I'm an ecologist and writer based in Melbourne, Australia. Also visit me at www.instagram.com/victoriafloraandfauna
Published June 26th 2018
Bushwalking on Melbourne's outskirts
Langwarrin Flora and Fauna Reserve is a bushland sanctuary located on the south-eastern outskirts of Melbourne. The 214 hectare reserve is managed by Parks Victoria and is home to a rich variety of native plants and animals, including several threatened plant species. It's an accessible and scenic spot for bushwalking and exploring, without having to travel too far from the suburbs. The reserve is also a favourite destination for runners, and horse riding is permitted on the outer perimeter track.
The main entrance to the reserve is off McClelland Drive, where there is a small carpark. An information board at the start of the main Centre Break track provides useful details on what to see and several suggestions for short walking routes. Alternatively, a map showing the network of trails throughout the reserve allows visitors to choose their own route and distance. A bushwalk following the majority of the meandering interior tracks could easily bring the distance up to around five or six kilometres. The tracks, which are generally sandy underfoot, are flat to gently undulating, and traverse through heathland and woodland vegetation.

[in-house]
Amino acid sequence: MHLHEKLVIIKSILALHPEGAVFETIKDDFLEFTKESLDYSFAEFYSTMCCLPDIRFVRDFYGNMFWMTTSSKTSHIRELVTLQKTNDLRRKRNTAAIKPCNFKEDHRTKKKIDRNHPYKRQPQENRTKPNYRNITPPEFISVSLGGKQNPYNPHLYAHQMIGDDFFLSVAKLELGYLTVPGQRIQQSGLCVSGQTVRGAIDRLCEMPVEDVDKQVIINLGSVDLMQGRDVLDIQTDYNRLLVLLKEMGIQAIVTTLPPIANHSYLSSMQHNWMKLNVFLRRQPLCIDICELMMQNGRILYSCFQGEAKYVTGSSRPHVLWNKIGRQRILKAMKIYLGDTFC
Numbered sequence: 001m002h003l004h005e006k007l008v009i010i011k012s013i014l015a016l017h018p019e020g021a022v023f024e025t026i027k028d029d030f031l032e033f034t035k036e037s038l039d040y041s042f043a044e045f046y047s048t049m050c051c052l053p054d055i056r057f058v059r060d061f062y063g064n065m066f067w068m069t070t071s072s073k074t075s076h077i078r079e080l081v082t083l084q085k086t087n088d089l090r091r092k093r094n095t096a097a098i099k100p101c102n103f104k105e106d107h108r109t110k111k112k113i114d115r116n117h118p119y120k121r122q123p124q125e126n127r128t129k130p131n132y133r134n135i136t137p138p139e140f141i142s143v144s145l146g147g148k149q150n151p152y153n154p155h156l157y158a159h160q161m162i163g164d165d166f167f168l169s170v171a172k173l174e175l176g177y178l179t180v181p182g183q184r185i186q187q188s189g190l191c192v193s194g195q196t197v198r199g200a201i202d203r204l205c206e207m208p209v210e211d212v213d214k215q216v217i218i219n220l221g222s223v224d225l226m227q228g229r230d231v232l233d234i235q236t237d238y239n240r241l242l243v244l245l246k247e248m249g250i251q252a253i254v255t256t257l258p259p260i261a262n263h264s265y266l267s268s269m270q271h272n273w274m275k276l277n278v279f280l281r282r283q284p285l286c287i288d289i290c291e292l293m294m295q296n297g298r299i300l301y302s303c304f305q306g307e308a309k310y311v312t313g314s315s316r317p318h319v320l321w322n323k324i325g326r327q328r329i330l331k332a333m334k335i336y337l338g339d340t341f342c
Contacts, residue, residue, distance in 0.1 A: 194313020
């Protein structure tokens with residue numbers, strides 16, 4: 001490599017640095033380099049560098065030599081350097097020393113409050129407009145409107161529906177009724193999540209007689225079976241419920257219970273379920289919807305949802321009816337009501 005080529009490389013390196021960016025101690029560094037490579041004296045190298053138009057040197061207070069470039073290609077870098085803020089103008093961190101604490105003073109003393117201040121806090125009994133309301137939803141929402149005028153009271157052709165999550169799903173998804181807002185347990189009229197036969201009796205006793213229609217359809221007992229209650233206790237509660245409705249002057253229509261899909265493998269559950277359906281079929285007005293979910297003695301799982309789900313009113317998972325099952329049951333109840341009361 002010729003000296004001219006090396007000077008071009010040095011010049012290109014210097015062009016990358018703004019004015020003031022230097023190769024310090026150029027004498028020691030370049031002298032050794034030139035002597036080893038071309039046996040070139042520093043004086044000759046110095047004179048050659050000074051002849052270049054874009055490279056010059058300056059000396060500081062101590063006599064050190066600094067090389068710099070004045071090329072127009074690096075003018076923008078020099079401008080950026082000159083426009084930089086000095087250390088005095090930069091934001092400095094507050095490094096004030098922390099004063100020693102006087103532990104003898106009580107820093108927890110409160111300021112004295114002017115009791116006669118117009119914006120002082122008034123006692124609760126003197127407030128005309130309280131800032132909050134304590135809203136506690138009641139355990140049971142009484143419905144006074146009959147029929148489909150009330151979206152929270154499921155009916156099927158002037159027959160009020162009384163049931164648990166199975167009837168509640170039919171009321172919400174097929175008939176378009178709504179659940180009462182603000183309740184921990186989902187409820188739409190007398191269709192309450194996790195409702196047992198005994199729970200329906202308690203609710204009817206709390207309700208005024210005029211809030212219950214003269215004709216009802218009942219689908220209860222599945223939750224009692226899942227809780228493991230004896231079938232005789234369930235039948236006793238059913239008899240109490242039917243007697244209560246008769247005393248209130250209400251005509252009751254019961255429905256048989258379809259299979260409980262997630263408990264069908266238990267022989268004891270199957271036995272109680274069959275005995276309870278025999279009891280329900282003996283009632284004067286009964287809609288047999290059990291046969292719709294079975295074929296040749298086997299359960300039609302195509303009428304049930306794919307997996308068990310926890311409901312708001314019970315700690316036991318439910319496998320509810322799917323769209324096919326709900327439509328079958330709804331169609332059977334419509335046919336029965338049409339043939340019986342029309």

Late winter and spring are picturesque times to walk in the reserve, as this is when many wildflowers are in bloom. The beautiful flowers of Victoria's state floral emblem Common Heath (Epacris impressa) can be seen in the winter months, with the wildflower season at its most spectacular in September and October. Native orchids are found throughout the reserve, including the Purple Donkey-orchid (Diuris punctata var. punctata), which is listed as threatened in Victoria. Bird watching is also a popular activity, with almost 100 different species recorded in the reserve. If walking quietly, visitors might also be lucky enough to spot native animals such as echidnas and swamp wallabies.
Visitors can also learn about the reserve's military history. Between 1887 and 1979 the reserve was used for a range of military purposes, including training, the detention of German prisoners of war in WW1, and as the site of a hospital to treat returning WW1 servicemen. Remnants of this military history can be seen scattered throughout the reserve, particularly on the Langwarrin Historical Trail, a 3 km loop trail with interpretive signs that passes by features such as an old reservoir and the old hospital site.